If you really wanted my approval, you should’ve made it a unicorn.

If you’ve visited the WoW main page within the last day, you should already know about the new recruit-a-friend incentives. The old one was pretty nice: refer a new account, and get a free month when that account buys their first month of subscription time. Pretty sweet within itself, kind of like the bonus we’d get at our old apartment complex for referring a new tenant.

But now there are new products bribes bonuses!

For each person you refer who upgrades to a retail version of World of Warcraft and purchases two months of game time, you will be able to give a character on the account you sent the invitation from an exclusive in-game zhevra mount.

If your friend goes above and beyond the one month requirement for the original incentive, then you get a shiny new zhevra mount! Not my thing, but I can see people scrambling for this one. At any rate, not a bad offer. As much as I like the cute freebies Blizzard throws out there, they’re always random stuff with no *real* impact on the game, so I don’t feel like I’m missing out because I didn’t spend the money (i.e., Blizzcon giftbag, WWI treats, TCG loots).

But wait, what’s this?

What in-game benefits do we get while the accounts we play are linked?

1. Characters on both accounts can summon each other once per hour.

Okay, I can stand behind this. Especially since the article goes on to mention that a character can only summon another that is the same level or lower, which keeps level 5 priests from summoning their 70 friend to help them kill pigs in Durotar. Actually, this would be fantastic for pranking your buddy as well. Summoning a level 5 friend into the middle of Netherstorm has the potential for hilarity.

Looking at this from another angle, let’s take this the town portal way: two friends out questing together, one makes a town run on their hearthstone. When finished, he’s summoned back by the other. With two summons per hour, that’s a lot of run time to and from town that’s significantly cut down on.

2. While adventuring with your linked friend/family member, you will each gain triple experience.

Triple experience? Apparently rested double-experience wasn’t enough. It appears that rested experience will just sit and accumulate while the triple experience buff is in place, too. Is this really necessary? For three months (the length of the linking), two accounts can quest together and never need to stop to rest. While this is great for two friends playing together, they’d have to be careful not to outlevel each other, for then only the littlest character gets the buff.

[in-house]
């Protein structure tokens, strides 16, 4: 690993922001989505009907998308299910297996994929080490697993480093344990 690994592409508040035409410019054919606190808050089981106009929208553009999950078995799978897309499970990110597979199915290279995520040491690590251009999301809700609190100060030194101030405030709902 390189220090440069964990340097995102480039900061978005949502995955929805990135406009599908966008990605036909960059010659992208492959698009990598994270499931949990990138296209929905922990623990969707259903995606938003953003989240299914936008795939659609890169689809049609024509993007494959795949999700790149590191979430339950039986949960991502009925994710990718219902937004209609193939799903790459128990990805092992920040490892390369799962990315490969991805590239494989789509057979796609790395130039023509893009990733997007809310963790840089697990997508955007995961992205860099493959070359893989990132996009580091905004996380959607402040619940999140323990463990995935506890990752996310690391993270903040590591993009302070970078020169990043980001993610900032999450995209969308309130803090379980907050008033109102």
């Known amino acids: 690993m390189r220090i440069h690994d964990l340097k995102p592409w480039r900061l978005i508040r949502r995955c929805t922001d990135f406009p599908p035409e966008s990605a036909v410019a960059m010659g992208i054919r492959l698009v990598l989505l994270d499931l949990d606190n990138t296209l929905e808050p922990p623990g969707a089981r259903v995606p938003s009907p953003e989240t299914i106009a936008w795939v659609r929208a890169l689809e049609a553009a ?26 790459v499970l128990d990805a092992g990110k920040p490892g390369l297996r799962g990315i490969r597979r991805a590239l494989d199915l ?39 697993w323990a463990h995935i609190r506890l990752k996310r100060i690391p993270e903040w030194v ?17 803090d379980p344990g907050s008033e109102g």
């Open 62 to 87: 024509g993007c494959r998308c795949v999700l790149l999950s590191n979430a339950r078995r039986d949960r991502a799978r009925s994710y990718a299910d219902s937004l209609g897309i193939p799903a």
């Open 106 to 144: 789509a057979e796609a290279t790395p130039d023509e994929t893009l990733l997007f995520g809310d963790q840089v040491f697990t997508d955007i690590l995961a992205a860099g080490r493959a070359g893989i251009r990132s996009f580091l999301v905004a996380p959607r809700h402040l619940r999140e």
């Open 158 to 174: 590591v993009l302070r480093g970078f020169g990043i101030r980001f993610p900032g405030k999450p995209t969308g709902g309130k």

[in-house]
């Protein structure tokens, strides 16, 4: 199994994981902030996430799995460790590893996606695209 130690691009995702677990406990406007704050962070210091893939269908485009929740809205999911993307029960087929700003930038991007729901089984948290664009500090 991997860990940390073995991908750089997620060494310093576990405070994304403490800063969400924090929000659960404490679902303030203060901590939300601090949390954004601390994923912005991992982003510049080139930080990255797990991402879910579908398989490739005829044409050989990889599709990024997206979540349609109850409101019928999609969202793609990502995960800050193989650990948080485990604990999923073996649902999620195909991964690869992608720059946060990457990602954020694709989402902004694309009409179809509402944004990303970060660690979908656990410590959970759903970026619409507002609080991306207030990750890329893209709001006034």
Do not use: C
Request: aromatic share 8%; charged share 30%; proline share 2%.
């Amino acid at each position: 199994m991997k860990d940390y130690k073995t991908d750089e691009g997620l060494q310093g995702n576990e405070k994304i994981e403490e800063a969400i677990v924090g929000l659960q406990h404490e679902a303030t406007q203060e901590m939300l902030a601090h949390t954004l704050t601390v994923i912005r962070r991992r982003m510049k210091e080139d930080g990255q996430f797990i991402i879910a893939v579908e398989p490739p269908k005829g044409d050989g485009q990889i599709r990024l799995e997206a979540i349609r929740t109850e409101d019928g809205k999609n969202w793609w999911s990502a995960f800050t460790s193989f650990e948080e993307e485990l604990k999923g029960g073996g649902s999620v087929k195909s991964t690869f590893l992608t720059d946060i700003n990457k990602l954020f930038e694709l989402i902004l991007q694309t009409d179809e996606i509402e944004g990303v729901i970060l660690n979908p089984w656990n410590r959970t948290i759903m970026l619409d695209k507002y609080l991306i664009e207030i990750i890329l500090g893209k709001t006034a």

What this will really affect are two classes of players: dual-boxers (who are perfectly legit and I have no ill will against) and botters. Triple experience, no down-time, 90 days – how many 70’s could two accounts grind up? Four apiece? Perhaps even more. But that’s what Blizzard’s willing to dish out in exchange for more active accounts, apparently.

3. For every two levels the new player earns, the new player can grant one free level-up to a lower-level character played by the veteran player.


This is where it goes too far, Blizzard. Buy another account/subscription for a free mount? Okay, fine. Get more xp for it as well? That’s starting to push it, but I’m willing to let it slide. Give out free levels to the veteran account? Watch your step, Blizzard, you’re teetering dangerously close to business practices I refuse to support.

World of Warcraft may have only been my second subscription MMORPG, but I’ve played in numerous free ones before I started in Azeroth. Beta and free-to-play games dotted my hard drive for years, and I found that the ones I despised the most were the ones that offered in-game amenities at an out-of-game cost. When the company sells advantages to its players, the playing field is suddenly as level as my chest. Fair play goes out the window for quick cash, and the players don’t take long to follow.

Something I’ve always loved about WoW is how it was fair. Blizzard condemns gold-buying, gold-selling, cheating, hacking, botting, the works. They want it to be fair. But these ‘incentives’ are just one step away from official gold selling, and one step away from me cancelling my account.



3 Responses to “If you really wanted my approval, you should’ve made it a unicorn.”

  1. Matojo Says:

    Yeah, that… that final one just throws me. I don’t like it *at all*.

  2. fatfoogoo Says:

    Fair enough, Blizz might be pushing the boundaries of what some gamers consider ‘fair play’, but with the growing number of free to play micro transaction based titles, is it really a surprise that even Blizzard/Activision is interested in testing the waters?

  3. Tchann Says:

    My point is that I despise ‘free-to-play, micro transaction’ games. They were around plenty before WoW, and they’ll be around forever because they are ‘free’. But they’ll never be fair.

    Please don’t use this blog as a place to advertise your company. I really don’t appreciate it.

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